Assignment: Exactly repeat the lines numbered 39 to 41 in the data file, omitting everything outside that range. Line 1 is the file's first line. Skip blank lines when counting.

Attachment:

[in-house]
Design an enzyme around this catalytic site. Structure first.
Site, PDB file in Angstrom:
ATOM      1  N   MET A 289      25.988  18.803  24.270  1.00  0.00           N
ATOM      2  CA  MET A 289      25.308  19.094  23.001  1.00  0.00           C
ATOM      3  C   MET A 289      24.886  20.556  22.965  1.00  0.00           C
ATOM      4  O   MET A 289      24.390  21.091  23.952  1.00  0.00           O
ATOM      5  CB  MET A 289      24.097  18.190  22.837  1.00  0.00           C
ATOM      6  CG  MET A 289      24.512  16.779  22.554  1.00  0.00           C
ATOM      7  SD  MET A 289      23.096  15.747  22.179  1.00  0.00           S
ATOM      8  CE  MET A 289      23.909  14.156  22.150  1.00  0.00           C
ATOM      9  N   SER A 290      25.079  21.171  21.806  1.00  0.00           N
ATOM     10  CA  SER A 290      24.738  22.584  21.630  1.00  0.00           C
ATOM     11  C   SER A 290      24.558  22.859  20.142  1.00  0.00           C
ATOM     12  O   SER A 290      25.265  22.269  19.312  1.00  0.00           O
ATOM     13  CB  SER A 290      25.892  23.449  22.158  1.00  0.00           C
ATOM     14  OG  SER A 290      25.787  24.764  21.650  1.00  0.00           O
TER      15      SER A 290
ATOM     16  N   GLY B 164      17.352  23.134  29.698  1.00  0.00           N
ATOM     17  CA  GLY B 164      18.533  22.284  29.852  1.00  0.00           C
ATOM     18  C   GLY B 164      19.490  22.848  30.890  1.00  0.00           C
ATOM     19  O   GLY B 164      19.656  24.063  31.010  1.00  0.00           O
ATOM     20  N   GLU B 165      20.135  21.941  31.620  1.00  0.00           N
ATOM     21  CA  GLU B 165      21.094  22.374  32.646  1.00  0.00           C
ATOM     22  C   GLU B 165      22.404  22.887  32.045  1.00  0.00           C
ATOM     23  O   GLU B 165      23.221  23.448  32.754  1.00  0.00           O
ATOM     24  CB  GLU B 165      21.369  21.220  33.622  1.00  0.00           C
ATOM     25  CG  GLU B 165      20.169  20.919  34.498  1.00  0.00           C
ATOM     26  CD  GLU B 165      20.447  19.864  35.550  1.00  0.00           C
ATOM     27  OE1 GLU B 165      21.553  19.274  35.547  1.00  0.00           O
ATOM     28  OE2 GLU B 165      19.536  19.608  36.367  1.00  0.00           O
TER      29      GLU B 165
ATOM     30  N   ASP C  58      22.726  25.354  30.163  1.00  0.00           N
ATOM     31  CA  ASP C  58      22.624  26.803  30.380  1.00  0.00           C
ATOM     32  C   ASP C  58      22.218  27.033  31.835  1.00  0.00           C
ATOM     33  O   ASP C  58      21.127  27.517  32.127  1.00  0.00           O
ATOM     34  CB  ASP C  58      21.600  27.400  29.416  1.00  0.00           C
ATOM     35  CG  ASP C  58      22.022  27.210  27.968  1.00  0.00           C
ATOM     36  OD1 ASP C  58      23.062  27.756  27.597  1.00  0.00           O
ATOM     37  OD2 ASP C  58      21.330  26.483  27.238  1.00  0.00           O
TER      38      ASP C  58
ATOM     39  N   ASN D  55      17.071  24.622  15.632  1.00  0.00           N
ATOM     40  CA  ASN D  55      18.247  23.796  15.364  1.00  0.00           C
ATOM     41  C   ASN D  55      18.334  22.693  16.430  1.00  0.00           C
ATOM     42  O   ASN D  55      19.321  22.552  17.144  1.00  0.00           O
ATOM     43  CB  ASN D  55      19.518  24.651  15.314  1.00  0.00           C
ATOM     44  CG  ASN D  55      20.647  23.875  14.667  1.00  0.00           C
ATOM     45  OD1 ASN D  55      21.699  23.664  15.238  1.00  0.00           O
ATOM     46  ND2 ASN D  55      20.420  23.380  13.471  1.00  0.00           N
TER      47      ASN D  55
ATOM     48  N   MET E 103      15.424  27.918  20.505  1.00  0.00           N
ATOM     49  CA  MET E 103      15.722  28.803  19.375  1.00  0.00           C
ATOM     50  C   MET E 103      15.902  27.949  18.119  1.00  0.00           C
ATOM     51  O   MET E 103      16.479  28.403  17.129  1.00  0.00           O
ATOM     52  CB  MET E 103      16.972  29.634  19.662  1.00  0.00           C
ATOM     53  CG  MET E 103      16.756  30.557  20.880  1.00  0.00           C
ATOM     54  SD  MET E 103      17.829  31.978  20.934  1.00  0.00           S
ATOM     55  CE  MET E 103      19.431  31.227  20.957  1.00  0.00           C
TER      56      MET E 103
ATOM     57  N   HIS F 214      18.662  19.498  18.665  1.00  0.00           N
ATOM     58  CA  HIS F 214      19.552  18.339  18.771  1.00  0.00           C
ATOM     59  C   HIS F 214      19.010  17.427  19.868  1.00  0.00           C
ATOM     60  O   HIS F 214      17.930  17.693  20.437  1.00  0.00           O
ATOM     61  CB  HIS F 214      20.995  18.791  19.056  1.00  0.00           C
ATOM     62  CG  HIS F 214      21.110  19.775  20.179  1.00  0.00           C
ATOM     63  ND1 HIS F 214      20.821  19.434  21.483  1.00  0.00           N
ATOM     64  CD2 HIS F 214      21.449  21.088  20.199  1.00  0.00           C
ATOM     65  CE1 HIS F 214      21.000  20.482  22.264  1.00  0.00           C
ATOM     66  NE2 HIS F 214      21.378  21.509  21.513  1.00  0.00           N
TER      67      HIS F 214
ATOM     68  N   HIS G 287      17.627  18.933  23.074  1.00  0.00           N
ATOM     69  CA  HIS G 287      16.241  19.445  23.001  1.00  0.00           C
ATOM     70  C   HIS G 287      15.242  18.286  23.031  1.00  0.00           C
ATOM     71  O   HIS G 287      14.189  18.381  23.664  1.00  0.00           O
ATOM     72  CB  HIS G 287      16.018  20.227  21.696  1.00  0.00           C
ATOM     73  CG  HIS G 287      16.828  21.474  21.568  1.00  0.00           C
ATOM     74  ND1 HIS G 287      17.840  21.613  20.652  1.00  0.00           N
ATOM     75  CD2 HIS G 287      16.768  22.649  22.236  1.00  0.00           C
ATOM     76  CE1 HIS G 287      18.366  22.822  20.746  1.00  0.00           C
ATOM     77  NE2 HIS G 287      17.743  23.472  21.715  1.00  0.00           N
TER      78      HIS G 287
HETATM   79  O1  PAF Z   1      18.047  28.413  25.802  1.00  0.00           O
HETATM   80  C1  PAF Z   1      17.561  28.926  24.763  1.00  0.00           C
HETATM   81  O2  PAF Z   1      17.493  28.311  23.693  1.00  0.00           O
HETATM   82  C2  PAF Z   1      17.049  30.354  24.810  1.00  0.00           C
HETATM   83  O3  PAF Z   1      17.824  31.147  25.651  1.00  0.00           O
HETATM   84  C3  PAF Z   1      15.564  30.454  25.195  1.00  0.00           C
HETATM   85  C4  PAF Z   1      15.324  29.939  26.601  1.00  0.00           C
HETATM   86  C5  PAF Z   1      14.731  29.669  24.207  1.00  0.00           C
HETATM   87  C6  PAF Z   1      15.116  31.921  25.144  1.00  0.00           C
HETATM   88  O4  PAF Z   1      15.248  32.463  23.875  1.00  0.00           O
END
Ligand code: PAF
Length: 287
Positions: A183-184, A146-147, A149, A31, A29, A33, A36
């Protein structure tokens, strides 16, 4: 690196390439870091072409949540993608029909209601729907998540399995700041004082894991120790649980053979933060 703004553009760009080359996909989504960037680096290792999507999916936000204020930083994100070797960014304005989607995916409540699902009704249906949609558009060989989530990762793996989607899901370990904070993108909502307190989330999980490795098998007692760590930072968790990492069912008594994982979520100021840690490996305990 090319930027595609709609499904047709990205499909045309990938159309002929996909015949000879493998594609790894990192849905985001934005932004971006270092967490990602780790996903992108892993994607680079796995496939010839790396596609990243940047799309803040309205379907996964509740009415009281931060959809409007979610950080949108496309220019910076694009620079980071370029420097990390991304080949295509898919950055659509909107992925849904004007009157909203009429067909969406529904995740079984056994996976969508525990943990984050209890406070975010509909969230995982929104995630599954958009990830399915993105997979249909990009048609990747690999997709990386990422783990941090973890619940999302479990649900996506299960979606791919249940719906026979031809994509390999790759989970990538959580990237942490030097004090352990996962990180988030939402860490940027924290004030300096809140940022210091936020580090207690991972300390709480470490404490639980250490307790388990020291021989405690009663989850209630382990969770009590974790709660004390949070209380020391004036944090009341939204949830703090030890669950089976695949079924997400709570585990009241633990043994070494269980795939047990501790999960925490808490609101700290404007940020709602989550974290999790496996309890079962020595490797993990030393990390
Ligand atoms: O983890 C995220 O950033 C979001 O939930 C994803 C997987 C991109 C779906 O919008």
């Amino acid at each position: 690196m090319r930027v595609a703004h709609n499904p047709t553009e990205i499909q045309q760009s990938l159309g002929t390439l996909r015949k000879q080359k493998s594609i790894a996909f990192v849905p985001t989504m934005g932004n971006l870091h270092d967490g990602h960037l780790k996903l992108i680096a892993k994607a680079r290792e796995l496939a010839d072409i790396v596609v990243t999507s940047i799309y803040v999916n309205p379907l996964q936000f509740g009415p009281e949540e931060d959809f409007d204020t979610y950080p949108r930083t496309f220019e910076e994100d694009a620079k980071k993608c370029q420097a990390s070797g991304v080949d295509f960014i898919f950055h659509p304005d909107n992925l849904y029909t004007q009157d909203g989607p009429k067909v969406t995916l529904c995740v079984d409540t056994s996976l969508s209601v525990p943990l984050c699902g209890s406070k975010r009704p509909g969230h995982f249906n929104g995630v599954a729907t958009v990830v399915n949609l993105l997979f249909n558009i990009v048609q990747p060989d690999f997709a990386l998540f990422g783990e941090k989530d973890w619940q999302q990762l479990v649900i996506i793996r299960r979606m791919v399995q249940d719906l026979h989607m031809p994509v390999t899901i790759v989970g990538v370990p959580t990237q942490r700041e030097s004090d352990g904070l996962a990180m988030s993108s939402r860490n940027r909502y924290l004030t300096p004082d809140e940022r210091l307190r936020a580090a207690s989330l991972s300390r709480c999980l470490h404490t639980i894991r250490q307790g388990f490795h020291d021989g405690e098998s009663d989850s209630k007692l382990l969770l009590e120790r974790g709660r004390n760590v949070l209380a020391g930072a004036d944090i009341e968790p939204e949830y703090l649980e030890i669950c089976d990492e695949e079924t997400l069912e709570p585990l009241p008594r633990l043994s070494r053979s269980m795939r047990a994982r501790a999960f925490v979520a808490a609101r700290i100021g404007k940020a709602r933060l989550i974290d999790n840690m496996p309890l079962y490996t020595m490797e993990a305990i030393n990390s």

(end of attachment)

ATOM     36  OD1 ASP C  58      23.062  27.756  27.597  1.00  0.00           O
ATOM     37  OD2 ASP C  58      21.330  26.483  27.238  1.00  0.00           O
TER      38      ASP C  58